In the last blog post, Alan Shields focused on digital banking and payments adoption in WEIRD economies (Western, Educated, Industrial, Rich and Democratic) and the threat to traditional models from new digital-only players. In this blog, I want to turn my attention to Asia and look at what the data is telling us about digital adoption in this region and the role of unbanked consumers.
At a macro level, there are noticeable statistics for the region. Not in the least, is the Cambrian explosion of fintech and digital-only providers in the financial services space. According to a recent BCG study, the number of fintechs in Asia-PAC grew by 67% in 2020 and had already grown by a further 29% by February 2021 to more than 6,000.
Initially, this growth would have been spurred by the rapid adoption of non-traditional brands in the payments and financial services space. We are all now remarkably familiar with Alipay and WeChat Pay and their emergence out of social media and ecommerce platforms, which broke the connection between traditional banking players and consumer payments, paving the way for other fintech brands to arrive and expand.
RFi’s data shows that fintech adoption and usage is much higher in many of the Asian markets relative to other markets, with China and India leading the way among banked consumers.
RFi’s data shows that fintech adoption and usage is much higher in many of the Asian markets relative to other markets, with China and India leading the way among banked consumers. Indeed, fintech usage in China and India now accounts for over 90% of the urban banked population and this is growing rapidly in Hong Kong and Singapore.
Source: RFi Group
Ecommerce has proven to be a beneficial acquisition channel for payments companies in markets where more traditional payment mechanisms are less mature and there is greenfield opportunity, in many cases due to a large unbanked population.
Indeed, according to payments technology company PPPRO, e-commerce in China in 2020 accounted for 24% of all retail sales. When you consider RFi’s data and observe that fewer than half of the urban, banked Chinese population use a card-based payment regularly, you start to see where these non-traditional brands have made inroads.
Source: RFi Group, PPPRO
In more recent years, governments across Asia have turned to licensing and begun to develop and offer digital-only banking licenses. This has been particularly visible in Hong Kong, Malaysia and Singapore, with the latter recently granting banking licenses to four firms across consumer and SME banking. Among these new licensees are:
Outside of Singapore, Grab has also made significant inroads into the Indonesian financial services space and it’s not the only one, with many primed to infiltrate this scene.
Indeed, in December 2020, the PayPal and Facebook-backed super app Gojek’s payments and financial services arm, GoPay, bought a stake in PT Bank Jago, in a move that is indicative of its ambition to enable users to open bank accounts with Jago and then manage their finances through the app.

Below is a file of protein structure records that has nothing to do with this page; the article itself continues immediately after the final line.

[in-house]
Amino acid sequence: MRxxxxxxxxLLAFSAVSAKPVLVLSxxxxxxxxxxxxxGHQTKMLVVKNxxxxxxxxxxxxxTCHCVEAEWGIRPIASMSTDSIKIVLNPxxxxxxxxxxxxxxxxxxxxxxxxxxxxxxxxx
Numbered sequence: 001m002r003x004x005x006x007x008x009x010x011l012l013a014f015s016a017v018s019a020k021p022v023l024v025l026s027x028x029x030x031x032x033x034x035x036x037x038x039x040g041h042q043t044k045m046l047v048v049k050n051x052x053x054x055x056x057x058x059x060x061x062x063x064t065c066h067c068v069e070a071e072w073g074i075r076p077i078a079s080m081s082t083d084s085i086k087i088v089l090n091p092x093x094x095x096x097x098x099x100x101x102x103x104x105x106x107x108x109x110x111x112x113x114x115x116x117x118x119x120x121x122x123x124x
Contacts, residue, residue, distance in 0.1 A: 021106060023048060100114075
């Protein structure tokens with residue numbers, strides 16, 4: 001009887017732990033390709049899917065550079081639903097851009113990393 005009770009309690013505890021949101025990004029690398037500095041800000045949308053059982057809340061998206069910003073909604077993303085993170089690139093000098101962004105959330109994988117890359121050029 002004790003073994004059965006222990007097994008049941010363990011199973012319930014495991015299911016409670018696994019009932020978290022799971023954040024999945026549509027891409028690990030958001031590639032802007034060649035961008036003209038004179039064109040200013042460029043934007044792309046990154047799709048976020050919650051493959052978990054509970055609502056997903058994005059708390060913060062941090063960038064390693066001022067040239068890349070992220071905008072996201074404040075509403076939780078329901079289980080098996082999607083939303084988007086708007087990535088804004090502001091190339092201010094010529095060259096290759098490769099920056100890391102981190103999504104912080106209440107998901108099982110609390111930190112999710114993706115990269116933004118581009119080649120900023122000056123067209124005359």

Indonesia is home to the world’s fourth-largest unbanked population, with estimates of between half and two-thirds of the population lacking access to banking. In a population of 173 million adults, that is more than 100 million consumers that need access to financial services.
Other markets with large unbanked populations in Asia include China, India, the Philippines and Vietnam, these are all high on the list of priorities for established and emerging fintechs.
It’s not just the unbanked that are receptive to fintechs in Asia. In the past, we’ve repeatedly outlined the position of trust held by banks across the globe as having a significant advantage, that has proven to impede the ‘main bank’ position for new brands entering a market.
However, when we look at the markets in Asia in isolation, we find that there is significant comfort and trust placed in fintechs, digital-only providers and even supermarkets and telcos in the financial services space. Once again, India and China stand out from the crowd and it is no coincidence that these are also the markets where we have seen the greatest uptake in non-bank payments platforms – Alipay, WeChat Pay and Paytm, to name a few.
Source: RFi Group
When we question consumers across the globe about the specific products and services, they feel comfortable using from a new or unfamiliar brand, payments are always the area where there is the greatest comfort.
This comfort leads to curiosity, where if the opportunity is present, it turns into usage. Usage (provided it is a great experience) further builds comfort and before you know it, you have a mainstream, trusted brand that is a significant force in the payments and financial services sector more broadly.
Source: RFi Group
The chart above illustrates this outcome perfectly. So, whether it’s targeting banked customers through payments and ecommerce, or the unbanked through financial inclusion, the Asian fintech market is set for extraordinary growth in the next few years and I can’t wait to see it evolve. For further insights you can watch me delve into te trends driving the Asian fintech explosion here.
This article was originally shared on In-depth Insights with Al